Sunday, October 7, 2012

Driving Miss Doggy

I've been wondering what the best way to transport your little doggy might be.  It has become apparent that an unrestrained pup in the car can be a distraction to the driver, or in the case of an accident or sudden stop, a flying object that can do harm to others, or self.

If you're driving a van, I suppose you could urge the dog into a crate, but that might not be viable for sedans and smaller cars.

Any recommendations as to how to keep Fido safe and sound?

Thursday, June 28, 2012

The Dog is a Climber

Now over 40 pounds, Gunnar has developed a new bad habit, reaching up on to the kitchen counters.  We've laid land mines for him in the form of socks or such tied to penny bottles, but he has learned to ignore them.  Even worse, while Mary was making a batch of cupcakes, he stood up to the counter and got himself a taste of lemon curd cupcake batter. 

When grizzlies get accustomed to human food, they relocate them.  Not an option here.  Any thoughts?

The climbing / jumping isn't limited to the counters.   He seems to have increased the frequency and diligence in jumping on members of the household.   We've tried to react by shuffling our feet into his body and pushing him backwards, off balance, but that hasn't stopped the behavior.

Anyone else dealing with this issue?   Any tactics that might work?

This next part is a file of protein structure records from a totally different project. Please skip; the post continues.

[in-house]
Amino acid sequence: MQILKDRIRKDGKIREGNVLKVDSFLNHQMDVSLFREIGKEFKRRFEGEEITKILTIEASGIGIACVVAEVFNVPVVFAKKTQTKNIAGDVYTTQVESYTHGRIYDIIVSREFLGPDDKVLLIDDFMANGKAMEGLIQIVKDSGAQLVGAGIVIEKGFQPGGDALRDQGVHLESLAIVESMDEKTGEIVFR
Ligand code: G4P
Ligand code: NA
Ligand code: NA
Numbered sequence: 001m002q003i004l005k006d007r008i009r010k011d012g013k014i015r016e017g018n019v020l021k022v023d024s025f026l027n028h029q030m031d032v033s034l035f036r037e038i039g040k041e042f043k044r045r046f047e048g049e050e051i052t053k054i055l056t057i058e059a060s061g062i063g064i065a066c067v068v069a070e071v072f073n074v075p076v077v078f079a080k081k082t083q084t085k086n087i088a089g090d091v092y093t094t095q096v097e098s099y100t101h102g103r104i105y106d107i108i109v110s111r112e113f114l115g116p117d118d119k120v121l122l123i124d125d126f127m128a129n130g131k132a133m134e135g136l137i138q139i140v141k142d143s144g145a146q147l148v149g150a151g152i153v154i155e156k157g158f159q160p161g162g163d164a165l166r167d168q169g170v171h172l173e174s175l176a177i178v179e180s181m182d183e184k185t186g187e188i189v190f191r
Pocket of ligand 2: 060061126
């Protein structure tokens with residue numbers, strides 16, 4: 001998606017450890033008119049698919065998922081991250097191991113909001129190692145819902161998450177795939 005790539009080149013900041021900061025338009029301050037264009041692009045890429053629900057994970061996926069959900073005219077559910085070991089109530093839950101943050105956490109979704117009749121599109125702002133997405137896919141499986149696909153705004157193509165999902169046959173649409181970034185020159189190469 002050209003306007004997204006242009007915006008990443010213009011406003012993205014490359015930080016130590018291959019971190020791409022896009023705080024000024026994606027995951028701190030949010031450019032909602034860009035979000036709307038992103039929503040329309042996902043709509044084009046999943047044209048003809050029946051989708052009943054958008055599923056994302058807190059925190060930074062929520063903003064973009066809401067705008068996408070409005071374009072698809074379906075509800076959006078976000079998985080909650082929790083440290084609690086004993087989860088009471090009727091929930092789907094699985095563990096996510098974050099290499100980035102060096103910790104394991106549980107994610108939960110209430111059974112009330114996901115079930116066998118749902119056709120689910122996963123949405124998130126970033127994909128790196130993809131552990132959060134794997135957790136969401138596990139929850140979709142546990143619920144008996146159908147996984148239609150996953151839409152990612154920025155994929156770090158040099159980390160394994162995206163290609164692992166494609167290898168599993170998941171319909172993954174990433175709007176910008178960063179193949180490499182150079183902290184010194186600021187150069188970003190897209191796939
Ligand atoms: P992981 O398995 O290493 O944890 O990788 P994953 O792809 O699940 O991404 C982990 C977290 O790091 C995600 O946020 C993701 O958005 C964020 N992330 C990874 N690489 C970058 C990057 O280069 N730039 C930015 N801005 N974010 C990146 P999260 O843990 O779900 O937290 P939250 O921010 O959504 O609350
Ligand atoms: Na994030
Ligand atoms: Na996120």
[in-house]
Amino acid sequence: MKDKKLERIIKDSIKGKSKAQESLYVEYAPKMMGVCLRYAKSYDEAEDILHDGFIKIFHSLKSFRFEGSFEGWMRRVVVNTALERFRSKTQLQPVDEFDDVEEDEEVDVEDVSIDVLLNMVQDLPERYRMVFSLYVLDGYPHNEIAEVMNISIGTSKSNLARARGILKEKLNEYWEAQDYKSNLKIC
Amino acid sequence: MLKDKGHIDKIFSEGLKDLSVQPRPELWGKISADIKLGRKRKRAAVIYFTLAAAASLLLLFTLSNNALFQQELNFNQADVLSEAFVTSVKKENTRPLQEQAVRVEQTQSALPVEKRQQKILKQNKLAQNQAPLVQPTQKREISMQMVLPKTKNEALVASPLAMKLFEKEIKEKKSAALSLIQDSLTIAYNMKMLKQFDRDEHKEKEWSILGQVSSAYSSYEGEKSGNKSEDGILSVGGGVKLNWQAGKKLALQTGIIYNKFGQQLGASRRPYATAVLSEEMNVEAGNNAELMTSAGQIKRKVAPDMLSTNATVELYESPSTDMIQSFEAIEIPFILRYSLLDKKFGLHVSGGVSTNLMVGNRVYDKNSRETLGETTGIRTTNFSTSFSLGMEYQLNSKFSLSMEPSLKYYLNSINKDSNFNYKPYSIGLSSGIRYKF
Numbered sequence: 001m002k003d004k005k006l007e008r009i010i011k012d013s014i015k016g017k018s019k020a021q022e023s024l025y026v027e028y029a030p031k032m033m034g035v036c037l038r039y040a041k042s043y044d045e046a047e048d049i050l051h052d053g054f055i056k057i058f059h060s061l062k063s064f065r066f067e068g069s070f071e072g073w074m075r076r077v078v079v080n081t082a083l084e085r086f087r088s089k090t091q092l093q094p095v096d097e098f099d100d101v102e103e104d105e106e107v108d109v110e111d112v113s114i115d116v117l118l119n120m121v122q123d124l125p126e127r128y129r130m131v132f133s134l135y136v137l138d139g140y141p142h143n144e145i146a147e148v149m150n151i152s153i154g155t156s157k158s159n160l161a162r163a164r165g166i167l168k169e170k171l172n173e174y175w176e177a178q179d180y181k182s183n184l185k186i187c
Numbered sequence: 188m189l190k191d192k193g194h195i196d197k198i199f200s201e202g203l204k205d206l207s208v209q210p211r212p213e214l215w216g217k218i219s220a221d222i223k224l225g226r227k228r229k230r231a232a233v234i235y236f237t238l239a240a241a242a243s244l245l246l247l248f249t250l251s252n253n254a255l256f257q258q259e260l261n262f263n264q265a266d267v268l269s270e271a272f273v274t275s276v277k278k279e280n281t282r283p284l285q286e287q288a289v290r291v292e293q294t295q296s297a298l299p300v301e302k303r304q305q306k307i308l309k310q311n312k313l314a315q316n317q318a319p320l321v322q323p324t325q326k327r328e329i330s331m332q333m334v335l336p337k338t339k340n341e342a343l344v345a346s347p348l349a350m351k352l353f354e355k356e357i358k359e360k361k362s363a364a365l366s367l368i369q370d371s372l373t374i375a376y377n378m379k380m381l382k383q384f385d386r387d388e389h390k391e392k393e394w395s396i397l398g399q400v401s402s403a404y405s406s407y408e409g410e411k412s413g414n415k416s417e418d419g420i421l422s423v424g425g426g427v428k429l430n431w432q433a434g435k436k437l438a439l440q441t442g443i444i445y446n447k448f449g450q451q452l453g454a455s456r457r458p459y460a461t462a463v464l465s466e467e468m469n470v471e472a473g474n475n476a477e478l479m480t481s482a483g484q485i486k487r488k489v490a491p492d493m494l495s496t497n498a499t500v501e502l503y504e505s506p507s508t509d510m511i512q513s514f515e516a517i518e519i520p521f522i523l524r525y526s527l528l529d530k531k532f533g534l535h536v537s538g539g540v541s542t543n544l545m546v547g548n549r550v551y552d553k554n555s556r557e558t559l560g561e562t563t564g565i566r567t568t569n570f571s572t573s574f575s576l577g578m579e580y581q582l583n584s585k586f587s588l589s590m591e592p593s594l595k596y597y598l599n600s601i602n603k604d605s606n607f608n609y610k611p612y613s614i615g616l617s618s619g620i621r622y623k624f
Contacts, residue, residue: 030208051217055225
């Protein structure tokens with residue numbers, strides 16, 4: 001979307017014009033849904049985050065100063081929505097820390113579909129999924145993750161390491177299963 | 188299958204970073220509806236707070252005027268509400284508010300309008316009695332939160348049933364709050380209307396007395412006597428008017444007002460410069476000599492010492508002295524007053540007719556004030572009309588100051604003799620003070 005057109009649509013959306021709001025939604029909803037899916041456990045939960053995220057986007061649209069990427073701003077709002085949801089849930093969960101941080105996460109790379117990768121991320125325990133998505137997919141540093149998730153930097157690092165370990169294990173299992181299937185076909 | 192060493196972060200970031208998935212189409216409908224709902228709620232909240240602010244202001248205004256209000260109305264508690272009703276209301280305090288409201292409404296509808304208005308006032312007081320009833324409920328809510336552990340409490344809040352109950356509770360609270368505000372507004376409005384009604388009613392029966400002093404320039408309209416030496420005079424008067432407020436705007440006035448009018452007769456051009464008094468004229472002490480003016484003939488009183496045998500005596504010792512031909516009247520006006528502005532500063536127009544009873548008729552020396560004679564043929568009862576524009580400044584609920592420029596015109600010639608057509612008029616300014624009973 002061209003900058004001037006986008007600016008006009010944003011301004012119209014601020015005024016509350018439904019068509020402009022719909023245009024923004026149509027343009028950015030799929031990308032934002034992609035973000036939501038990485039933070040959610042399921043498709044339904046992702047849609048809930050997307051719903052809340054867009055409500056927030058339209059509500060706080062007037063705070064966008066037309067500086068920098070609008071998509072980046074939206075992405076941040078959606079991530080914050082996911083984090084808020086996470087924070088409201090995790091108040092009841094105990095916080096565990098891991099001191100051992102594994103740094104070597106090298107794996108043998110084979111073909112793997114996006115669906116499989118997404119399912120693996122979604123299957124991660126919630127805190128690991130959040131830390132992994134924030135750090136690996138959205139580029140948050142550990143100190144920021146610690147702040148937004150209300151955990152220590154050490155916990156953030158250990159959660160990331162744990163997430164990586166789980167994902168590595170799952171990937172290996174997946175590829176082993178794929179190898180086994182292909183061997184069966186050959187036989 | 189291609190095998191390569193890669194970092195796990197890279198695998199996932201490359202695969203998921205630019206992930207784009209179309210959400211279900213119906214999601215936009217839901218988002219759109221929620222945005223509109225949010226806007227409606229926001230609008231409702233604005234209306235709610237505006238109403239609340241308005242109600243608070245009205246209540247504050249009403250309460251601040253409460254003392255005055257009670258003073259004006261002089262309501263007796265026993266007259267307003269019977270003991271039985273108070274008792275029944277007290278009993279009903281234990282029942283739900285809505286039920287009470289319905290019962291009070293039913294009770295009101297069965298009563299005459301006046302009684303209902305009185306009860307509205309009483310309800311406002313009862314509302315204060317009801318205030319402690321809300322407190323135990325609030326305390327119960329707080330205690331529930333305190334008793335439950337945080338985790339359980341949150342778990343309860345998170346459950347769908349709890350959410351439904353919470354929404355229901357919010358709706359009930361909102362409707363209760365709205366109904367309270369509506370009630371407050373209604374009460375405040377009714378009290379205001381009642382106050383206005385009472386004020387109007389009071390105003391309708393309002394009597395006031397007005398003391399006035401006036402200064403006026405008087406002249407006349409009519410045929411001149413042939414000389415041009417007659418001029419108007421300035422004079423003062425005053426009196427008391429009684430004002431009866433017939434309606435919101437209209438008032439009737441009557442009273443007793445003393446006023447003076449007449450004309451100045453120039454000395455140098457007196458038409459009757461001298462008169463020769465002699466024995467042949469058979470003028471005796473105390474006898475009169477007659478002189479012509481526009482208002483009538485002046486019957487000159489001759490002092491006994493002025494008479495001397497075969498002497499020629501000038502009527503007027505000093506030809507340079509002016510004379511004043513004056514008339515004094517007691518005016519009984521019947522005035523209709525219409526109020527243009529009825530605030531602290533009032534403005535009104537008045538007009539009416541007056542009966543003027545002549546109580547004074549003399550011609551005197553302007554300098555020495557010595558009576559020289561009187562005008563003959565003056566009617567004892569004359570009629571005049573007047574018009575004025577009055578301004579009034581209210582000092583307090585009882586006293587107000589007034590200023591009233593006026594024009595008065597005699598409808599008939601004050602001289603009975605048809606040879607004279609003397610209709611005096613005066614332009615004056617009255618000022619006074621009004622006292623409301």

Tuesday, June 12, 2012

Taking the Dog Camping

For over 30 years our group of Wisconsin friends has been going for a week of camping at Rock Island State Park off the tip of Door County.   With our children all grown or working, it looks as though our caravan this year may be limited to just my wife, Gunnar and me, a seemingly more manageable total than when our 4 children accompanied us.  I can anticipate the obvious pitfalls, such as coming prepared with enough plastic bags.  We'll need to keep Gunnar on leash a lot, as the island has a lot of poison ivy, so there are definitely areas where he can't be left to his own devices.  Raccoons are the only critter that we have encountered on the island, so we'll have to take care with the dog food.   Other than that, does any one have any suggestions or warnings from your camping experiences?  Gunnar is not a barker, so I don't think we'll have to worry about campground courtesy issues.

Thursday, June 7, 2012

The Shredder

I'm wondering if anyone else is having issues with their dog destroying stuff.  We're not having so much of a  problem with him trashing the house, but he'll tear the bedding in his crate into little pieces.   Leave a towel out?   He'll gnaw on that and tear it apart.   Gunnar's also partial to small rugs.  Seems to like to gnaw on them and pull the yarn out.   We've removed most of those rugs from the house.  Spraying stuff with the bitter apple deterrent hasn't had much impact.

Playing catch with a plastic Frisbee is similarly frustrating.   Gunnar isn't at all good about dropping an object.  He finds more sport in gnawing on it, literally tearing it into tiny pieces of plastic, which if digested, I'm assuming would not be good.  Tennis balls are objects to be similarly torn apart.  He hasn't punctured one yet, but he's good at stripping the green fuzz from the ball.  We're told by friends that this is normal puppy stuff and that he'll grow out of it.  Sigh!

Monday, May 21, 2012

It's all About Pacing Yourself